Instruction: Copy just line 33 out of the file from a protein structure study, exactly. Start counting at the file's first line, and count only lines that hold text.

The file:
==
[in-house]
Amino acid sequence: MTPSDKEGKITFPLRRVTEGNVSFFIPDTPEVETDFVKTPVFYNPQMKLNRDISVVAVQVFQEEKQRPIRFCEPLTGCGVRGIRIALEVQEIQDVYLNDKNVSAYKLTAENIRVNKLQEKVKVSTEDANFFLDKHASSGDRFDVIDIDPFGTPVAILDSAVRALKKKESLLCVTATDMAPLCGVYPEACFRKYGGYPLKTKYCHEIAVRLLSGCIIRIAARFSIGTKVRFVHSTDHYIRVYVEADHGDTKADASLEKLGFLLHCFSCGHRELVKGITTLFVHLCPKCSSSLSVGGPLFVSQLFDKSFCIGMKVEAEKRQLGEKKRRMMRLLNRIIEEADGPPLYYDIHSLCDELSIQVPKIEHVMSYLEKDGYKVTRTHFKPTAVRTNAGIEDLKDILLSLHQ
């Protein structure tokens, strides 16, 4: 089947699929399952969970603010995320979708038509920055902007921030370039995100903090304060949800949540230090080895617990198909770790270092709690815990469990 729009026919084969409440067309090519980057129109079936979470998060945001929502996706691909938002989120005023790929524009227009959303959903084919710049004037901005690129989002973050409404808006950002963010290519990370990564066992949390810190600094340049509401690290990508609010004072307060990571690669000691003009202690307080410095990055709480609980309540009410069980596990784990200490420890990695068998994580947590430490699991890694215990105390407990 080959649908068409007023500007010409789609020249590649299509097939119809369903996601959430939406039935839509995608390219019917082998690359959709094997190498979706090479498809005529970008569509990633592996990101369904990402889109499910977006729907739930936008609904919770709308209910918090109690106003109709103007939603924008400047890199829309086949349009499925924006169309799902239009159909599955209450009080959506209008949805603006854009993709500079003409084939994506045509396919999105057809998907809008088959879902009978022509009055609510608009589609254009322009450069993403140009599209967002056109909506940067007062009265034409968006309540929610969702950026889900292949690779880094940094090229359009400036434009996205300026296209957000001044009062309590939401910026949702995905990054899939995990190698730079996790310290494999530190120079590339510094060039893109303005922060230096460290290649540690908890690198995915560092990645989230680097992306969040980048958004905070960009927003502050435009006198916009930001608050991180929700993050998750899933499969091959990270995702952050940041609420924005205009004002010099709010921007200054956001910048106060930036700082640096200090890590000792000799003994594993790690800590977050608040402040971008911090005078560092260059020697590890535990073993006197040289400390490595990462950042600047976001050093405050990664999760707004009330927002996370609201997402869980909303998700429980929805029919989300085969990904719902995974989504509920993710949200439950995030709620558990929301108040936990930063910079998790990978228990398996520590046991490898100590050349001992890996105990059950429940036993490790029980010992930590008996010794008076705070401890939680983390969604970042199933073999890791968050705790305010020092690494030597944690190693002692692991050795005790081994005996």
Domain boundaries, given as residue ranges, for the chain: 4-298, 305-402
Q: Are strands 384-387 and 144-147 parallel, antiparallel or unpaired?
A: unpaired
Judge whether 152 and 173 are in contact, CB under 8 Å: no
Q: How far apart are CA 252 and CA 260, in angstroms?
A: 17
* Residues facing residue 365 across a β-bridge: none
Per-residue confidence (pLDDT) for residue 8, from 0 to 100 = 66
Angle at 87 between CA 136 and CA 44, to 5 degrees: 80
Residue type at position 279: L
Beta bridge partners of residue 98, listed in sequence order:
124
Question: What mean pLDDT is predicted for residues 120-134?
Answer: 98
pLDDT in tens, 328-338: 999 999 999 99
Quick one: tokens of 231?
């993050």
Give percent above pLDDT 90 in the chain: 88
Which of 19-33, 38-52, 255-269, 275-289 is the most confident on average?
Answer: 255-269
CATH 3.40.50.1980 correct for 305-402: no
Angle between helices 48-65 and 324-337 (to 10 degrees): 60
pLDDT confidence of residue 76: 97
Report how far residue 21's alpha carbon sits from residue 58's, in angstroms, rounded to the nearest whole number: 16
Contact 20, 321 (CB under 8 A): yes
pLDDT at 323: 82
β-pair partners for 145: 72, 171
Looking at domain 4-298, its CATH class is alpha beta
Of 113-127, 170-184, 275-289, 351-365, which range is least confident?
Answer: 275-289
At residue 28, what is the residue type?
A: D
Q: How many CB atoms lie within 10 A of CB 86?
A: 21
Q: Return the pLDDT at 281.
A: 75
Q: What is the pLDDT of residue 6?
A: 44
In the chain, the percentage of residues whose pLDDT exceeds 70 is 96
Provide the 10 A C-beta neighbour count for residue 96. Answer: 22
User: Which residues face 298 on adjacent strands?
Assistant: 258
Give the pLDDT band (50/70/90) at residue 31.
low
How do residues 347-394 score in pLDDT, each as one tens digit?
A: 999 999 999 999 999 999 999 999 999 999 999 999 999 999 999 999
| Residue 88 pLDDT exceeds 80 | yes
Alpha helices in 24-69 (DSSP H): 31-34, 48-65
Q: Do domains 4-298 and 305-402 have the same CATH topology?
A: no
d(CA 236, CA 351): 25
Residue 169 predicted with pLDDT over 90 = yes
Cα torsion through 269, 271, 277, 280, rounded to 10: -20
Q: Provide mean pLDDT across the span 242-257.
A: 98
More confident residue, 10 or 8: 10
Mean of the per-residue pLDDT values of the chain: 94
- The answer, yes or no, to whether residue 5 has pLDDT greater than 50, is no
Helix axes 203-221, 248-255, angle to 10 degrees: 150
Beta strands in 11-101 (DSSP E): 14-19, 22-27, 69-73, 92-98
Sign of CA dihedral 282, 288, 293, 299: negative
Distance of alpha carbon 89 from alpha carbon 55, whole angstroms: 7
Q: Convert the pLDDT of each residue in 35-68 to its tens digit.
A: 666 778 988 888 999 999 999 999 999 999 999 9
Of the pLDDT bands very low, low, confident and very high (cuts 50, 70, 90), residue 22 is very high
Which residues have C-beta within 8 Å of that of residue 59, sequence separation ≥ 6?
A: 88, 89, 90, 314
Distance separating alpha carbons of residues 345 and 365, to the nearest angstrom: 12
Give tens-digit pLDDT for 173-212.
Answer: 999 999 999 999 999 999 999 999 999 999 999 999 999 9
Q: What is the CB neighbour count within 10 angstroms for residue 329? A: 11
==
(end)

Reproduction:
Answer: 275-289